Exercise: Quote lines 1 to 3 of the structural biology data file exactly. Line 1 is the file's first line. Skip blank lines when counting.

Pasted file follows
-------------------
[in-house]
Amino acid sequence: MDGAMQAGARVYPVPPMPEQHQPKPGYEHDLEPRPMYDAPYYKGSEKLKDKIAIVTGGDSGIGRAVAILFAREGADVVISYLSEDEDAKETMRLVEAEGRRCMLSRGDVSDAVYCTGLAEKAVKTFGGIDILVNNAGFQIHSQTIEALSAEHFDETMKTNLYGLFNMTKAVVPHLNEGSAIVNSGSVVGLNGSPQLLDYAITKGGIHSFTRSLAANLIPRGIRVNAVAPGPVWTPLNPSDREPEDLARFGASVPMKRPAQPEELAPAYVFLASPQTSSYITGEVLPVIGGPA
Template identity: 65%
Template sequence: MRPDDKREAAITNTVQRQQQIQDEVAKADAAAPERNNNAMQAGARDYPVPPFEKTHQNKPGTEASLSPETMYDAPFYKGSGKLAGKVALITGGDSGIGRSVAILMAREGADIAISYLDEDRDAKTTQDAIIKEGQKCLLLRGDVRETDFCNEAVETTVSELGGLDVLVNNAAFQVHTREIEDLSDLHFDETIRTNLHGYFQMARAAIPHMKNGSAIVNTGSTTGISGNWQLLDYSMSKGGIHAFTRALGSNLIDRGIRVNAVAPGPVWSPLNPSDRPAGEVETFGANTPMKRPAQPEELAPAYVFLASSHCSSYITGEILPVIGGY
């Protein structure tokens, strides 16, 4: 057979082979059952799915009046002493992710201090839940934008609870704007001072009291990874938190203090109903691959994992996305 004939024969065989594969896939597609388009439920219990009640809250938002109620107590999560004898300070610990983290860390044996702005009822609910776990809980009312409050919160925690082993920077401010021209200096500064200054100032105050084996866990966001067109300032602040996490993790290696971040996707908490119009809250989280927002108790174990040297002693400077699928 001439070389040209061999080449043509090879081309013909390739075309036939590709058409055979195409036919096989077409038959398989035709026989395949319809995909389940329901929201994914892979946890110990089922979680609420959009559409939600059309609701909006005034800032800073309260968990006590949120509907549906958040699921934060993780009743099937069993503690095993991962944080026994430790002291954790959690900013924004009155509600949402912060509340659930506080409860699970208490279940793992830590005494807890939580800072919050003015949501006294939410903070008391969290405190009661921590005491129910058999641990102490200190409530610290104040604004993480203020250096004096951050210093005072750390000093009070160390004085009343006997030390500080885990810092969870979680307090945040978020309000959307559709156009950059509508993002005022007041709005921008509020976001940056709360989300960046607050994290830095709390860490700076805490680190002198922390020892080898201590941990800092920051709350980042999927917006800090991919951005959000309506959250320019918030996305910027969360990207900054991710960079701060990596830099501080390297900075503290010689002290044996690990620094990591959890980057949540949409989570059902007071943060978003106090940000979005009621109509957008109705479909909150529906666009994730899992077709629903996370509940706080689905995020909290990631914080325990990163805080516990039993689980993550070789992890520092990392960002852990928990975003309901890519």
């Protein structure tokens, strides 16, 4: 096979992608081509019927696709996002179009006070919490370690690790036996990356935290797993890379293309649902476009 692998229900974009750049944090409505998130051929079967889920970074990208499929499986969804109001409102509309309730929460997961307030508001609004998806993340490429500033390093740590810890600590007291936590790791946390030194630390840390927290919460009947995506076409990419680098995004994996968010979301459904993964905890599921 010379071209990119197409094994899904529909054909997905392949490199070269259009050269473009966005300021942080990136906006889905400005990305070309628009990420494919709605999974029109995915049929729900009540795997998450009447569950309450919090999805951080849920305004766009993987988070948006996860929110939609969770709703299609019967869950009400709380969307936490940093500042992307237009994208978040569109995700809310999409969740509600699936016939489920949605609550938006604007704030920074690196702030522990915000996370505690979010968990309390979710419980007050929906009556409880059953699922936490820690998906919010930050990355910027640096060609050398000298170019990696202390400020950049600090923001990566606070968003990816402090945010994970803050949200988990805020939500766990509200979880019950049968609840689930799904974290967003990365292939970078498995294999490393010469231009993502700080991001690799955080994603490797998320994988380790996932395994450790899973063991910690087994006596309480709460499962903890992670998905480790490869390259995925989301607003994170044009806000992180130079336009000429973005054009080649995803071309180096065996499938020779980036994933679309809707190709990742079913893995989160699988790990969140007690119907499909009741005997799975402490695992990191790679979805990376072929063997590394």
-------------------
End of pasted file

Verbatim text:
[in-house]
Amino acid sequence: MDGAMQAGARVYPVPPMPEQHQPKPGYEHDLEPRPMYDAPYYKGSEKLKDKIAIVTGGDSGIGRAVAILFAREGADVVISYLSEDEDAKETMRLVEAEGRRCMLSRGDVSDAVYCTGLAEKAVKTFGGIDILVNNAGFQIHSQTIEALSAEHFDETMKTNLYGLFNMTKAVVPHLNEGSAIVNSGSVVGLNGSPQLLDYAITKGGIHSFTRSLAANLIPRGIRVNAVAPGPVWTPLNPSDREPEDLARFGASVPMKRPAQPEELAPAYVFLASPQTSSYITGEVLPVIGGPA
Template identity: 65%